Suppose there is a water solution at $\pu{25 °C}$ with $\ce{Na+},$ $\ce{Mg^2+}$ cations and $\ce{Cl-},$ $\ce{HCO3-}$ anions. Concentrations $[\ce{Na+}],$ $[\ce{Mg^2+}],$ $[\ce{Cl^-}]$ and $[\ce{HCO3-}]$ are known.

I cannot understand how to apply the Kohlrausch's law of the independent migration of ions here:

$$\Lambda_\mathrm{m}^0 = \nu_+\lambda_+ + \nu_-\lambda_-$$

How this formula will transform for the solution with many kinds of ions?


Electroneutrality condition holds, so: $$[\ce{Na+}]+2 \cdot [\ce{Mg^2+}]=[\ce{Cl^-}]+[\ce{HCO3-}]$$ I've found the table with the limiting ionic conductivities $\lambda$ of each individual ion in water at $\pu{25 °C}$:

$\lambda_{\ce{Na+}} = \pu{50 \cdot 10^{-4} S m2 mol-1}$

$\lambda_{\ce{Mg^2+}} = \pu{106 \cdot 10^{-4} S m2 mol-1}$

$\lambda_{\ce{Cl-}} = \pu{76 \cdot 10^{-4} S m2 mol-1}$

$\lambda_{\ce{HCO3-}} = \pu{45 \cdot 10^{-4} S m2 mol-1}$

But I don't know what values for $\nu$ I should take.


I've found a answer for my question from this question.

The way to compute the conductivity of electrolyte with multiple ion types is given from the work Pawlowicz, Rich, ( 2008), Calculating the conductivity of natural waters, Limnol. Oceanogr. Methods, 6, doi:10.4319/lom.2008.6.489.

For general case consider the system, which consist of $N_+$ number of cation types, $N_-$ number of anion types and $N_{types} = N_+ + N_-$ total number of types, fully dissolved in solvent. This system can be viewed as a weighted sum of all possible pairwise combinations between cation and anion types. Then the conductivity $\sigma,\pu{[S m-1]}$ of the solution will be determined by: $$\sigma = \sum_{i=1}^{N_+}\sum_{j=1}^{N_-}{\frac{c_i^+ z_i c_j^- z_j}{C_{eq}} \Lambda_{eqm, \, ij}}$$ where $c_i^{\pm}$ - molar concentration of corresponding ion type, $\pu{[mol m-3]}=\pu{[mM]}$;

$z_i$ - valency of corresponding atom;

$c_i^{\pm} \cdot z_i$ - equivalent ionic concentration of corresponding ion type $\pu{[mol m-3]}=\pu{[mM]}$;

$\Lambda_{eqm, \, ij}$ - equivalent molar conductivity of binary subsystem of cation type $i$ and anion type $j$, $\pu{[S m^2 mol^{-1}]}$.

Equivalent ionic concentration $C_{eq}$ is defined as: $$C_{eq} = \sum_i^{N_+}c_i^{+} \cdot z_i = \sum_j^{N_-}c_j^{-} \cdot z_j = \frac{1}{2}\sum_k^{N_{types}}c_k^{\pm} \cdot z_k$$

In general a binary solute dissociates according to formula: $$\ce{A_{\nu^+}B_{\nu^-} -> {\nu^+}A^{z^+ +} + {\nu^-}B^{{z^-}-}}$$ where $\nu^+$ and $\nu^-$ are coprime numbers and represent the moles of ions for 1 mole of solute. It follows: $$\nu^+ = z^-$$ $$\nu^- = z^+$$

Equivalent molar conductivity $\Lambda_{eqm}$ of single binary electrolyte is defined as: $$\Lambda_{eqm} = \frac{\sigma}{c\nu_+z^+} = \frac{\sigma}{c\nu_-z^-}$$

For a binary solute, dissolved in water at normal pressure, $\pu{25 °C}$ and infinitely diluted, the law of the independent migration of ions can be written to find a limiting equivalent molar conductivity $\Lambda_{eqm}^{0}$: $$\Lambda_{eqm}^{0} = (\frac{\nu_+}{z^+ } \lambda_{+}^{0} + \frac{\nu_-}{z^- }\lambda_{-}^{0}) = (\frac{z^-}{z^+ } \lambda_{+}^{0} + \frac{z^+}{z^- }\lambda_{-}^{0})$$ where $\lambda^{0}$ - limiting ionic conductivity of the ion, $\pu{[S m^2 mol^{-1}]}$.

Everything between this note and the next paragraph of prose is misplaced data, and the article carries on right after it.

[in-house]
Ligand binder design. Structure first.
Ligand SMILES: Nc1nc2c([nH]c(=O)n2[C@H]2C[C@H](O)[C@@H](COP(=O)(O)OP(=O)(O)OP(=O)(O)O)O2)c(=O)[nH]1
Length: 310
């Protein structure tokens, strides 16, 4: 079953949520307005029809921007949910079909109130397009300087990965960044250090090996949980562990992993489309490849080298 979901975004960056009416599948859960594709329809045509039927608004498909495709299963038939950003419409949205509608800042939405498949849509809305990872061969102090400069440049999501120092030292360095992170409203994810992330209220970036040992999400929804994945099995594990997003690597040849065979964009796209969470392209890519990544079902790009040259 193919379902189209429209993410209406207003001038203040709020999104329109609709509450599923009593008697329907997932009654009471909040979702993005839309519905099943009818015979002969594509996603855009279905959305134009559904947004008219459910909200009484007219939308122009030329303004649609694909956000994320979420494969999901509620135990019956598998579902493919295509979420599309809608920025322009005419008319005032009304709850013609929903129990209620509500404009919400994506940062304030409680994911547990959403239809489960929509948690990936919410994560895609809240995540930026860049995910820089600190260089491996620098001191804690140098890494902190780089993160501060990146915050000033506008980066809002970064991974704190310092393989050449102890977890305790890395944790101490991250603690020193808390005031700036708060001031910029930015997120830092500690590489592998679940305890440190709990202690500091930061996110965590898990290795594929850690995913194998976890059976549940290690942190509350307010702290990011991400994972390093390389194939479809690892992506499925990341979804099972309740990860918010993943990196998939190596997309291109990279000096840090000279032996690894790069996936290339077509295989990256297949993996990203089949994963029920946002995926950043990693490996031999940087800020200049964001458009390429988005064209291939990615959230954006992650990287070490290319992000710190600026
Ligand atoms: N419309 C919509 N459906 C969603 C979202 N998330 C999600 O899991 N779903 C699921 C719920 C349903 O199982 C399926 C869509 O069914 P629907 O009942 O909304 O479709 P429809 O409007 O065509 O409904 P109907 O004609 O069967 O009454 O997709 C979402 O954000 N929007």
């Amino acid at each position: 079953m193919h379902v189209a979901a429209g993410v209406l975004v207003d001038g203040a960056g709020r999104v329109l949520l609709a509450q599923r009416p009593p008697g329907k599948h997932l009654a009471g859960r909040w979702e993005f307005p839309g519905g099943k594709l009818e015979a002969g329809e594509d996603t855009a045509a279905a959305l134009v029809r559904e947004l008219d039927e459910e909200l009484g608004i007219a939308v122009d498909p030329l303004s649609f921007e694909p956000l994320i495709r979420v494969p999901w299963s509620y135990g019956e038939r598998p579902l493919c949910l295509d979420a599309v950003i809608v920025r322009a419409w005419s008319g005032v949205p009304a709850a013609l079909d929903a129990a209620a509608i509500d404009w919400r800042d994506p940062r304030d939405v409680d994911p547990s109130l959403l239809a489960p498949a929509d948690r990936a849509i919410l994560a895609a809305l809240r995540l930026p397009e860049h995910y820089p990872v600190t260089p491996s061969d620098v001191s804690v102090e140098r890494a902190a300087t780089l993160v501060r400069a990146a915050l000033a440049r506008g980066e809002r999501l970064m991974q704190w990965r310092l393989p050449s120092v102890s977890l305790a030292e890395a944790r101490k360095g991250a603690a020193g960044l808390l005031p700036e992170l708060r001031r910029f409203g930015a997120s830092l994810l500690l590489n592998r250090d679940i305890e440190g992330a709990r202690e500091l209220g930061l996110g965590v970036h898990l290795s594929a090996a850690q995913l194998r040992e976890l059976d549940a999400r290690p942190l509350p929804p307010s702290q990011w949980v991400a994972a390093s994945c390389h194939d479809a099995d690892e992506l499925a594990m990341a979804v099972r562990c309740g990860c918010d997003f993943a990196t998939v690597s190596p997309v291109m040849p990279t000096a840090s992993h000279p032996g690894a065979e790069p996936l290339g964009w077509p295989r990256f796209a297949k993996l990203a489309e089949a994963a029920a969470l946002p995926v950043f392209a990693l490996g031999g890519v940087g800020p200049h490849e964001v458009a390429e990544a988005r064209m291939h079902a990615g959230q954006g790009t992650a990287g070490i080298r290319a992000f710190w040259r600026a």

Here interaction between ions is ignored.

Change of equivalent molar conductivity from changing of the solute equivalent concentration is determined by Debye-Hückel-Onsager equation of the form: $$\Lambda_{eqm} = \Lambda_{eqm}^0 (1-A \sqrt{I}) - B \sqrt{I} = \Lambda_{eqm}^0 K_A - K_B$$ where $A, \, B$ - Debye–Hückel–Onsager coefficients;

$I$ - stoichiometric ionic strength; $$I = \frac{1}{2} \sum_{k=1}^{N_{types}}c_i z_i^2$$ $$ A = \frac{z^2eF^2}{3 \pi \eta}\left(\frac{2}{\varepsilon RT}\right)^{1/2}$$ $$ B = \frac{qz^3eF}{24 \pi \varepsilon RT}\left(\frac{2}{\varepsilon RT}\right)^{1/2}$$ where $\eta$ - viscosity of solvent, $\pu{[Pa s]}$;

$\varepsilon$ - dielectric permittivity of solvent;

$q$ - coefficient depends on $z^+/z^-$ of binary solute.

The expression for the conductivity of electrolyte (solvent - water at $\pu{25 °C}$ and normal pressure, ion pairng reduction factor is ignored ($\alpha_{ij}=1$ for all $i,j$)) will be: $$\sigma = \sum_{i=1}^{N_+}\sum_{j=1}^{N_-}{\frac{c_i^+ z_i c_j^- z_j}{C_{eq}} (\frac{z_j^-}{z_i^+} \lambda_i^0 \, K_{A, \, ij} + \frac{z_i^+}{z_j^- } \lambda_j^0 \, K_{A, \, ij} - K_{B, \,ij})}$$

In my case I have 2 cations and 2 anions, their pairwise combination give 4 different solutes, which are assumed to be completely dissociate in water. Relation between solute molar concentration and its ions molar concentrations can be established.

  1. $\ce{NaCl -> Na+ + Cl-}$

  2. $\ce{NaHCO3 -> Na+ + HCO3-}$

  3. $\ce{MgCl2 -> Mg^2+ + 2Cl-}$

  4. $\ce{Mg(HCO3)2 -> Mg^2+ + 2HCO3-}$

Conductivity of my electrolyte will be: \begin{align*} \sigma &= \frac{1}{[\ce{Na+}]+2 \cdot [\ce{Mg^2+}]} \cdot \\ &\cdot \Bigl(\ce{[Na+]} \ce{[Cl-]} K_{A(\ce{NaCl})} ( \lambda_{\ce{Na+}}^0 + \lambda_{\ce{Cl-}}^0 - \frac{K_{B(\ce{NaCl})}}{K_{A(\ce{NaCl})}} )+\\ &+ \ce{[Na+]} \ce{[HCO3-]} K_{A(\ce{NaHCO3})} ( \lambda_{\ce{Na+}}^0 + \lambda_{\ce{HCO3-}}^0 - \frac{K_{B(\ce{NaHCO3})}}{K_{A(\ce{NaHCO3})}})+\\ &+ 2\ce{[Mg^2+]} \ce{[Cl-]} K_{A(\ce{MgCl2})} ( \frac{1}{2}\lambda_{\ce{Mg^2+}}^0 + 2\lambda_{\ce{Cl-}}^0 - \frac{K_{B(\ce{MgCl2})}}{K_{A(\ce{MgCl2})} } )+\\ &+ 2\ce{[Mg^2+]} \ce{[HCO3-]} K_{A(\ce{Mg(HCO3)2})} ( \frac{1}{2}\lambda_{\ce{Mg^2+}}^0 + 2\lambda_{\ce{HCO3-}}^0 - \frac{ K_{B(\ce{Mg(HCO3)2})}} {K_{A(\ce{Mg(HCO3)2})}}) \Bigr) \end{align*}

All the values here depend from given concentration of ions or from values found in tables. Hope it is correct, please, correct me if I'm wrong.


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